The Industrial Development Bank of India (IDBI) was established on 1 July 1964 under an Act of Parliament as a wholly owned subsidiary of the Reserve Bank of India. In 16 February 1976, the ownership of IDBI was transferred to the Government of India and it was made the principal financial institution for coordinating the activities of institutions engaged in financing, promoting and developing industry in the country. Although Government shareholding in the Bank came down below 100% following IDBI’s public issue in July 1995, the former continues to be the major shareholder (current shareholding: 75%). IDBI provides financial assistance, both in rupee and foreign currencies, for green-field projects as also for expansion, modernisation and diversification purposes. In the wake of financial sector reforms unveiled by the government since 1992, IDBI also provides indirect financial assistance by way of refinancing of loans extended by State-level financial institutions and banks and by way of rediscounting of bills of exchange arising out of sale of indigenous machinery on deferred payment terms.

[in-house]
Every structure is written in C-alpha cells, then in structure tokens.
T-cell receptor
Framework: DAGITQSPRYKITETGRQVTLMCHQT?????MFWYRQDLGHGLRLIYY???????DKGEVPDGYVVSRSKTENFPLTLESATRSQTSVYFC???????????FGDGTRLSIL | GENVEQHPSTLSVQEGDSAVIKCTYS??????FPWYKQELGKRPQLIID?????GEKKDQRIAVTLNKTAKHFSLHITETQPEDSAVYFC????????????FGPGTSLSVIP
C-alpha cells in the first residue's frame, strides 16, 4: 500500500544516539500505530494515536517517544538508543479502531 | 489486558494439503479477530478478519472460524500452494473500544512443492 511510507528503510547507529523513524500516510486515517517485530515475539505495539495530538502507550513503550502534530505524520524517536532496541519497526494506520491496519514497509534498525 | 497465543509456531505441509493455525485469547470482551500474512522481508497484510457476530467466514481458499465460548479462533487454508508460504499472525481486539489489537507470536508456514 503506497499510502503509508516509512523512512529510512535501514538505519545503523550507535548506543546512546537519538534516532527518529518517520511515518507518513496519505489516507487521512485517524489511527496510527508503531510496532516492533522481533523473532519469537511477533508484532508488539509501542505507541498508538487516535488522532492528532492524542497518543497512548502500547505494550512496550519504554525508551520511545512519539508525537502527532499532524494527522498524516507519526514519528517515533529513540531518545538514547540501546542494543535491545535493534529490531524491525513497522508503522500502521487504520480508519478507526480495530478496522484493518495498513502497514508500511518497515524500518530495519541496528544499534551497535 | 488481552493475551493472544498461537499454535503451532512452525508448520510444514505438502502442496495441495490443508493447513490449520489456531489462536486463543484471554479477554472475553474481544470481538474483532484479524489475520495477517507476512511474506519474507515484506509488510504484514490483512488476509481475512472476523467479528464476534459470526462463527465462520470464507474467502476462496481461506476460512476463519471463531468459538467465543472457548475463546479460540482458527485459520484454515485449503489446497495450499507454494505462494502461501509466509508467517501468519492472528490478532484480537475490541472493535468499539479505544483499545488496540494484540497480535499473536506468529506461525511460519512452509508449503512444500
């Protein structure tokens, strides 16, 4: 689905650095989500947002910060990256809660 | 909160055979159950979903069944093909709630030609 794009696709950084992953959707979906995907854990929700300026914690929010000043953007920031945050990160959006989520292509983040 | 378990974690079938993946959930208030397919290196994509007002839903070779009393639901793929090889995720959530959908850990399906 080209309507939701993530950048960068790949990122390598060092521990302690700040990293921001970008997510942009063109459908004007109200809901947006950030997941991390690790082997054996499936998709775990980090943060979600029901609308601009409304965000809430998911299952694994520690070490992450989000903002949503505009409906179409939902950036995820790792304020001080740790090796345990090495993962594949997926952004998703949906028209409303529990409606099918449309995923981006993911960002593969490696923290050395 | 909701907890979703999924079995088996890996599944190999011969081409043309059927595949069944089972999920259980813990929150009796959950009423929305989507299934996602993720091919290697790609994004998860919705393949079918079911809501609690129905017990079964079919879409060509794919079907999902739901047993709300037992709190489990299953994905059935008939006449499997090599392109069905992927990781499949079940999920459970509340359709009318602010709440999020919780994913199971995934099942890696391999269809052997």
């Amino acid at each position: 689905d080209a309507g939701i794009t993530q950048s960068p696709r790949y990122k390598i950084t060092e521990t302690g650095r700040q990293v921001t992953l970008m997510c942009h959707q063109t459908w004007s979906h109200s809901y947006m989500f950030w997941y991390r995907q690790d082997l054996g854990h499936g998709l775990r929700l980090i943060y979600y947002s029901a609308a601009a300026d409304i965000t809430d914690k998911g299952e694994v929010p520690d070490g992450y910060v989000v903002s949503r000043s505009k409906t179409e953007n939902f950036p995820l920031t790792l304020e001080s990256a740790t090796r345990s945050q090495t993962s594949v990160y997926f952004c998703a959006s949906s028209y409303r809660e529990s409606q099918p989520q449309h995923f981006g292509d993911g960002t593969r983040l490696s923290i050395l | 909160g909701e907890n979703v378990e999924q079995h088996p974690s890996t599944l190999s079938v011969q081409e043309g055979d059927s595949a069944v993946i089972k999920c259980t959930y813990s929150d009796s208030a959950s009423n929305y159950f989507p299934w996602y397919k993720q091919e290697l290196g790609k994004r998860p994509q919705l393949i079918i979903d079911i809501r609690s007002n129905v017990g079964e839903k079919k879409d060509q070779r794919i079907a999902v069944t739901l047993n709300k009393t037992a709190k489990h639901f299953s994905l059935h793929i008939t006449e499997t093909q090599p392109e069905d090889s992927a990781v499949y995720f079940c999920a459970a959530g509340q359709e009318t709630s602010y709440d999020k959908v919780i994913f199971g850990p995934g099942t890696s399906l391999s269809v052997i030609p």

IDBI has played a pioneering role, particularly in the pre-reform era (1964–91),in catalyzing broad based industrial development in the country in keeping with its Government-ordained ‘development banking’ charter.
Narasimam committee recommends that IDBI should give up its direct financing functions and concentrate only in promotional and refinancing role. But this recommendation was rejected by the government. Later RBI constituted a committee under the chairmanship of S.H.Khan to examine the concept of development financing in the changed global challenges. This committee is the first to recommend the concept of universal banking. The committee wanted the development financial institution to diversify its activity. It recommended to harmonise the role of development financing and banking activities by getting away from the conventional distinction between commercial banking and developmental banking.
Acquisition of United Western Bank
In 2006, IDBI Bank acquired United Western Bank in a rescue. Annasaheb Chirmule, who worked for the cause of Swadeshi movement, founded Satara Swadeshi Commercial Bank in 1907, and some three decades later founded United Western Bank. The bank was incorporated in 1936, and commenced operations the next year, with its head office in Satara, in Maharashtra State. It became a Scheduled Bank in 1951. In 1956 it merged with Union Bank of Kolhapur, and in 1961 with Satara Swadeshi Commercial Bank. At the time of the merger with IDBI, United Western had some 230 branches spread over 47 districts in 9 states, controlled by five Zonal Offices at Mumbai, Pune, Kolhapur, Jalgaon and Nagpur.